It is NOT our POLICY to require a belief in a 'supreme being' in order to be a member of the Boy Scouts of America, adult or youth. We do require adherence to the 'declaration of religious principles' for adults and adherence to the Scout Oath and Law for youth. Interpretation and definition of 'duty to God' is not our business! It is the business of parents and religious leaders."
      Letter from Donald L. Townsend, BSA National Director, Relationships Division, 21 December 1994:
      Scouting is not a religion but Duty to God is a basic tenet of the Scout Oath and Law. Virtually every religion is represented in the membership of Scouting and therefore the Boy Scouts of America does not attempt to define or interpret God. The Boy Scouts of America does not require you to belong to a specific church, temple or synagogue nor does it require a belief in a supreme being. Any Scout that can repeat the Scout Oath and Law in good conscience is welcome to participate.
      Now, both letters explicitly state that "belief in a Supreme Being" is not required. Mark that well! But they were written at two different times under two different circumstances. In 1985, a newly adopted wording, "belief in a Supreme Being", which CSE Ben Love stated was meant to be more inclusive, instead caused a Unitarian Life Scout candidate, Paul Trout, to be expelled. After hundreds of letters of protest (mark that number very well!), BSA relented and reinstated Paul Trout as well as meeting personally with the head of his church, Unitarian-Universalist Association (UUA) President Dr. Rev. William F. Schulz in which BSA CSE Ben Love made personal assurances which included the dropping of that "belief in a Supreme Being" wording as a "mistake". CSE Ben Love then circa 1991 unilaterally broke all those personal assurances (Scout Honor, anyone?) and reinstated that "mistake" as the sole reason for expelling members by the hundreds, all while deliberately ignoring literally thousands of letters of protest (do you remember that I asked you mark those 1985 numbers well?).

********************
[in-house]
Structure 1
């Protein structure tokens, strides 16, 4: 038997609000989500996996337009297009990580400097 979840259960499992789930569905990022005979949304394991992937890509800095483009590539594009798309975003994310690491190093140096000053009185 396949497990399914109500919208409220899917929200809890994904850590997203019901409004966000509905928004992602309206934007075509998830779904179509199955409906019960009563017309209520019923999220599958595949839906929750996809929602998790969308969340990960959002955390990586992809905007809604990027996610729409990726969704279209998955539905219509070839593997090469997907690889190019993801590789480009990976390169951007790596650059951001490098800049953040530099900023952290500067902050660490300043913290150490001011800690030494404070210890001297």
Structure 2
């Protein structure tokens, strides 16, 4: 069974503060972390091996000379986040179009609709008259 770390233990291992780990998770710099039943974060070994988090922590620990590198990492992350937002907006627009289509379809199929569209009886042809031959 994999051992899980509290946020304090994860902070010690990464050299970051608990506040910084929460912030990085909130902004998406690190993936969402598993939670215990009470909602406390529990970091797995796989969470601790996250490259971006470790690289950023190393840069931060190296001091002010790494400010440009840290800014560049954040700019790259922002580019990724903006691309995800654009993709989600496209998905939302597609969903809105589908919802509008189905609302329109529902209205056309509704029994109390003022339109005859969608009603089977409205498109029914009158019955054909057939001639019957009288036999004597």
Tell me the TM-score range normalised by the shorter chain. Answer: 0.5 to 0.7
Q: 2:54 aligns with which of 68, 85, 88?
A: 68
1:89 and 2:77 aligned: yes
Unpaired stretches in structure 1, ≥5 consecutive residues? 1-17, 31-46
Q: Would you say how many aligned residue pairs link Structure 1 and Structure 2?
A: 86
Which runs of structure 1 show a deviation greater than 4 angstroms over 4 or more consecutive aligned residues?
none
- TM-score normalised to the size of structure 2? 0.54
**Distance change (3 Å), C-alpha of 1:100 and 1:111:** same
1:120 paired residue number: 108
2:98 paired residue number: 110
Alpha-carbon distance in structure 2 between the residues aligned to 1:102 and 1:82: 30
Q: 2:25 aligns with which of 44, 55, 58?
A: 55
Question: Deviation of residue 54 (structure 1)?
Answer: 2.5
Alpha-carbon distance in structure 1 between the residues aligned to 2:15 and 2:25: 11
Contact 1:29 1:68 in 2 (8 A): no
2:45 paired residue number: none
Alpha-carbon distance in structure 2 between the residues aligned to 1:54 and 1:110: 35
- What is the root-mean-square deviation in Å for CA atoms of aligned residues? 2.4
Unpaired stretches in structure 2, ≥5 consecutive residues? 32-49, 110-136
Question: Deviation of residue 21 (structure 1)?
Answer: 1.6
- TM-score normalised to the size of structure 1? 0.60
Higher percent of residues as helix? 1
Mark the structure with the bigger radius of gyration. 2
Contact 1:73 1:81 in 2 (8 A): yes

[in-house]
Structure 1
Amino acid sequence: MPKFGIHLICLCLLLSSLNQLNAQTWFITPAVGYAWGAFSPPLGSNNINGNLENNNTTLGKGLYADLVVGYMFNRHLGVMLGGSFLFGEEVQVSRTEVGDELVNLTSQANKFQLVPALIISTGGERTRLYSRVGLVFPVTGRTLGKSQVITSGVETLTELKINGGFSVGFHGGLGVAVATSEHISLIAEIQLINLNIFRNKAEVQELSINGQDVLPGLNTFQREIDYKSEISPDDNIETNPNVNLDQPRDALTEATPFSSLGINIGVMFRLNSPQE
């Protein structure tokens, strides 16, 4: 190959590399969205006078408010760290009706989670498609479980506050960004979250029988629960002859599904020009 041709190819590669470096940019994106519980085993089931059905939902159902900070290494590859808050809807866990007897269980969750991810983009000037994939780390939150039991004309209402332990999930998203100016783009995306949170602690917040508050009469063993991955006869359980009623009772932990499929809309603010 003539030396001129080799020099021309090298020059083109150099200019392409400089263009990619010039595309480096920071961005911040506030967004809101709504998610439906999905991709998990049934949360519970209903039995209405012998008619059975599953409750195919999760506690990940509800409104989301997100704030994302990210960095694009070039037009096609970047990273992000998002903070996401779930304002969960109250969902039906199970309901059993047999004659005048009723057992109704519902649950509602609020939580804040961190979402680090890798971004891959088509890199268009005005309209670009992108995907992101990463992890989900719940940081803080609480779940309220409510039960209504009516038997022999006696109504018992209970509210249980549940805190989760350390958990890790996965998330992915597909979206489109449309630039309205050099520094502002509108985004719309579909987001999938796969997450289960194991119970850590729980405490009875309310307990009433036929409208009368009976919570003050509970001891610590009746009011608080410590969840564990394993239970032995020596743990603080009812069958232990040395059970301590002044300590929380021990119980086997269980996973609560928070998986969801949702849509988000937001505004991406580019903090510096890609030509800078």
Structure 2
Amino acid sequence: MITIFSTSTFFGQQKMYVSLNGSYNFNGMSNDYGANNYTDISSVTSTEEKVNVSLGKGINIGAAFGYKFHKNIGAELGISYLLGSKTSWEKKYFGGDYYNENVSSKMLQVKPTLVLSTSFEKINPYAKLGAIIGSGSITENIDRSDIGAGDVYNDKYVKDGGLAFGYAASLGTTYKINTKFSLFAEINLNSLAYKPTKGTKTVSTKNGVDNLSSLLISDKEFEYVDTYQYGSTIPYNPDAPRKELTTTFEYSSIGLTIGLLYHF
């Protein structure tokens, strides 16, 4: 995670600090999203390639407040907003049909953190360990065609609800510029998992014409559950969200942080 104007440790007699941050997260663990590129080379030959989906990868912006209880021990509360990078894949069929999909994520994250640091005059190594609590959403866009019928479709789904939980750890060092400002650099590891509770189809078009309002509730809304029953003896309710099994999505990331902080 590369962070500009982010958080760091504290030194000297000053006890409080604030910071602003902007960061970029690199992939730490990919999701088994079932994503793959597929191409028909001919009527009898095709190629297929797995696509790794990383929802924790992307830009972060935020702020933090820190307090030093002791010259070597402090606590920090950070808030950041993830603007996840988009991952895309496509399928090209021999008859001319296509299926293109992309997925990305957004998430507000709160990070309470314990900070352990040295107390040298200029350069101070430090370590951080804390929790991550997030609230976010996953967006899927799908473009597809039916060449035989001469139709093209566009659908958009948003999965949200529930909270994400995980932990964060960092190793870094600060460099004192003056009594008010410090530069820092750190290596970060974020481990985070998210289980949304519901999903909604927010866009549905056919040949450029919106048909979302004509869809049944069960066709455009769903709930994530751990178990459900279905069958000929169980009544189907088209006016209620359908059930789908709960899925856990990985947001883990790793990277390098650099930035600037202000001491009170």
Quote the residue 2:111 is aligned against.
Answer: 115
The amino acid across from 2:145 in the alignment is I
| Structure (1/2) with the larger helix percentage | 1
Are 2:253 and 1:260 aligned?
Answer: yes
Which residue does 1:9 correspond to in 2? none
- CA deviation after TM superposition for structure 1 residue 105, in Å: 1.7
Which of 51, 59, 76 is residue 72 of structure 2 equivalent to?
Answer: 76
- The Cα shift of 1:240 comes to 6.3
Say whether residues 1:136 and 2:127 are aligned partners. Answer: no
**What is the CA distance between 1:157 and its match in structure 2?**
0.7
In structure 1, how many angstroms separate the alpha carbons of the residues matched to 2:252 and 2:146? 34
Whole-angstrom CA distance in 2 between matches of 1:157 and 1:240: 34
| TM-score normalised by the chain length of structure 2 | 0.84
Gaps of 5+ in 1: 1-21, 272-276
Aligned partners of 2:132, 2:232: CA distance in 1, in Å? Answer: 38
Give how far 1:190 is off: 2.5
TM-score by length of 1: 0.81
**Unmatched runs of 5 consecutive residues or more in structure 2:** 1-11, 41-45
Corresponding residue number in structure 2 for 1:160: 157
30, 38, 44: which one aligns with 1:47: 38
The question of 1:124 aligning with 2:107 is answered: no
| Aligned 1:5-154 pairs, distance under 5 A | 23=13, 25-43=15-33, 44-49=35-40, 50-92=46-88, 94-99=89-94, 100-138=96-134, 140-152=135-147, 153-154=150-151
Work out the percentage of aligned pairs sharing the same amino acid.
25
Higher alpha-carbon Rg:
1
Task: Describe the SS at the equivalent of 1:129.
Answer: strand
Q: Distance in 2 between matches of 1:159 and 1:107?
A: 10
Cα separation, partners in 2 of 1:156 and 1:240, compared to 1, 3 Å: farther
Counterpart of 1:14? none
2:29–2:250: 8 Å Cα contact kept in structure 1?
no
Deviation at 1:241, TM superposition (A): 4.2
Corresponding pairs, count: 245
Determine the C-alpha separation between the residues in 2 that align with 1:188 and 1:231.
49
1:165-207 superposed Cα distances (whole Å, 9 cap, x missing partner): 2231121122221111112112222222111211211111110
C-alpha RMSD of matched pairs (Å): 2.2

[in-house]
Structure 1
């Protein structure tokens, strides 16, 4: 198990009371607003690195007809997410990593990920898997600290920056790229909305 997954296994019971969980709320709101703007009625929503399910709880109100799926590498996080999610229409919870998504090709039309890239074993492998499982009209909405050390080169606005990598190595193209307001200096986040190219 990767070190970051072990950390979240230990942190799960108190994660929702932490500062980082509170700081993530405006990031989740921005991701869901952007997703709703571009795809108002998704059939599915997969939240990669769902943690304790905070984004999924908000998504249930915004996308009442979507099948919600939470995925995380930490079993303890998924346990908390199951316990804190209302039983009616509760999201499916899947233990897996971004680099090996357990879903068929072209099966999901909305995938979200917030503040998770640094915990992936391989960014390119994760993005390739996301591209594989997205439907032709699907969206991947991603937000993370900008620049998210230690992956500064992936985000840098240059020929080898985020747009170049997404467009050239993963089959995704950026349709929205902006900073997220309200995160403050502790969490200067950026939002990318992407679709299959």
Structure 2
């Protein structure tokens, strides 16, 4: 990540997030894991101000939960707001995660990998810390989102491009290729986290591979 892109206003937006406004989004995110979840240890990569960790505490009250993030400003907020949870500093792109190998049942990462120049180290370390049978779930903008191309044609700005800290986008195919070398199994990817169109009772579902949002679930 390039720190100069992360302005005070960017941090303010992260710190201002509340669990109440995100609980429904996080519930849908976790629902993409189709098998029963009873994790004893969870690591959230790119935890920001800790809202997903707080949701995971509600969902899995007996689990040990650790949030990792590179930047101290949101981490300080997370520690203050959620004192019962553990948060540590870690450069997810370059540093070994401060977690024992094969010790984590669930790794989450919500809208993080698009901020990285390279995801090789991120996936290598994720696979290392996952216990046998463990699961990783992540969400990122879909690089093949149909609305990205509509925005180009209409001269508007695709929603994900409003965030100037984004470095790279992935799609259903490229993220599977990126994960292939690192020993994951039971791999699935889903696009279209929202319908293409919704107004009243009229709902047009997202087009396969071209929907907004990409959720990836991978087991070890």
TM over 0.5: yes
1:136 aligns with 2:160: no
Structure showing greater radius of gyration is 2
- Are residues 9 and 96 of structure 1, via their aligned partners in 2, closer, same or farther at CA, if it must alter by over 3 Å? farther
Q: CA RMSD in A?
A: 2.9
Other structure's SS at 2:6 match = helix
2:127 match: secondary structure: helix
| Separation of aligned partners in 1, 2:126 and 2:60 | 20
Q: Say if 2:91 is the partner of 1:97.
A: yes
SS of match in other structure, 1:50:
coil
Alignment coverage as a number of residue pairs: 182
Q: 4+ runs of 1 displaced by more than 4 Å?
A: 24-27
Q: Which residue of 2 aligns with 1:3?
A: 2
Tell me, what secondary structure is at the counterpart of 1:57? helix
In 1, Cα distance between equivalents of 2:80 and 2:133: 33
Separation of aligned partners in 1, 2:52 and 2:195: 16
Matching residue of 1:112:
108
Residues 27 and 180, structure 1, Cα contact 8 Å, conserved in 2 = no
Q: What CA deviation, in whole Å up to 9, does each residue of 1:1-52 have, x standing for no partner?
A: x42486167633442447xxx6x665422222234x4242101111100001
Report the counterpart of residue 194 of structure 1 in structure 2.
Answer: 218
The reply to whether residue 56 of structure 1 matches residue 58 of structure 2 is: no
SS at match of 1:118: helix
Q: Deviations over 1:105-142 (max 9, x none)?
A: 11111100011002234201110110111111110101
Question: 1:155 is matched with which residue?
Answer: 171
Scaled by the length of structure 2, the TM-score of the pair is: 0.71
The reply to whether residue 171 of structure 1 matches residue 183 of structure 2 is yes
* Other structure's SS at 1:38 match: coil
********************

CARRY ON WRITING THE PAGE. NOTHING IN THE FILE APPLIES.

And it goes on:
In the case of Townsend's 1994 letter, that was at a time when BSA was flagrantly violating its own officially published religious policies as it was flagrantly exercising a frensy of religious discrimination. I see Townsend's position as one of being in a position where his duty was to read and to research into officially published BSA religious policy and to think about it. James Randall, the father of the Randall twins (Randall v. Orange County Council, which when it broke in the local newspapers circa 1991 was my first indication that BSA was violating its own rules and policies; it was also undoubtedly the appeals on this case and the Curran case (http://en.wikipedia.org/wiki/Curran_...uts_of_America) that delayed my own review for so many years), obtained a copy of the Townsend letter and passed a copy on to me. When I showed it to my DE, his immediate response was to exclaim, "But that's what you've been saying all along!" Then I included it in my packet requesting information on my review. A few months later, I heard that Townsend had been bumped down from National back to a local council. I see his situation as one where he could see that truth and he dared to speak it, so the powers that be who are so embroiled in their own lies and deception had to remove him.